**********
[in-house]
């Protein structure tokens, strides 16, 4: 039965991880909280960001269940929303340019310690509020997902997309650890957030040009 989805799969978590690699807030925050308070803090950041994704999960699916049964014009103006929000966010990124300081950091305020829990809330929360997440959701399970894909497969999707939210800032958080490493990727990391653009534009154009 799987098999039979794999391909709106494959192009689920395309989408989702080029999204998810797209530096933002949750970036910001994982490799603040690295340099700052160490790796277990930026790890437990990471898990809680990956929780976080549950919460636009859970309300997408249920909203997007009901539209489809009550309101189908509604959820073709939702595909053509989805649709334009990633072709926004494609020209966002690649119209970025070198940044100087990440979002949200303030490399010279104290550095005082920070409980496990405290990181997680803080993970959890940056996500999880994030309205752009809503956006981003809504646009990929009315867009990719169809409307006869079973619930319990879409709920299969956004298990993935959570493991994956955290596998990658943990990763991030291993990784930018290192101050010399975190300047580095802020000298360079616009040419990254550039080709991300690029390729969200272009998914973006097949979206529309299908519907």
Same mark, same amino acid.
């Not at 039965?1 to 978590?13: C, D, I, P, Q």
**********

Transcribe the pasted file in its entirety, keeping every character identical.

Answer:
[in-house]
């Protein structure tokens, strides 16, 4: 039965991880909280960001269940929303340019310690509020997902997309650890957030040009 989805799969978590690699807030925050308070803090950041994704999960699916049964014009103006929000966010990124300081950091305020829990809330929360997440959701399970894909497969999707939210800032958080490493990727990391653009534009154009 799987098999039979794999391909709106494959192009689920395309989408989702080029999204998810797209530096933002949750970036910001994982490799603040690295340099700052160490790796277990930026790890437990990471898990809680990956929780976080549950919460636009859970309300997408249920909203997007009901539209489809009550309101189908509604959820073709939702595909053509989805649709334009990633072709926004494609020209966002690649119209970025070198940044100087990440979002949200303030490399010279104290550095005082920070409980496990405290990181997680803080993970959890940056996500999880994030309205752009809503956006981003809504646009990929009315867009990719169809409307006869079973619930319990879409709920299969956004298990993935959570493991994956955290596998990658943990990763991030291993990784930018290192101050010399975190300047580095802020000298360079616009040419990254550039080709991300690029390729969200272009998914973006097949979206529309299908519907």
Same mark, same amino acid.
């Not at 039965?1 to 978590?13: C, D, I, P, Q």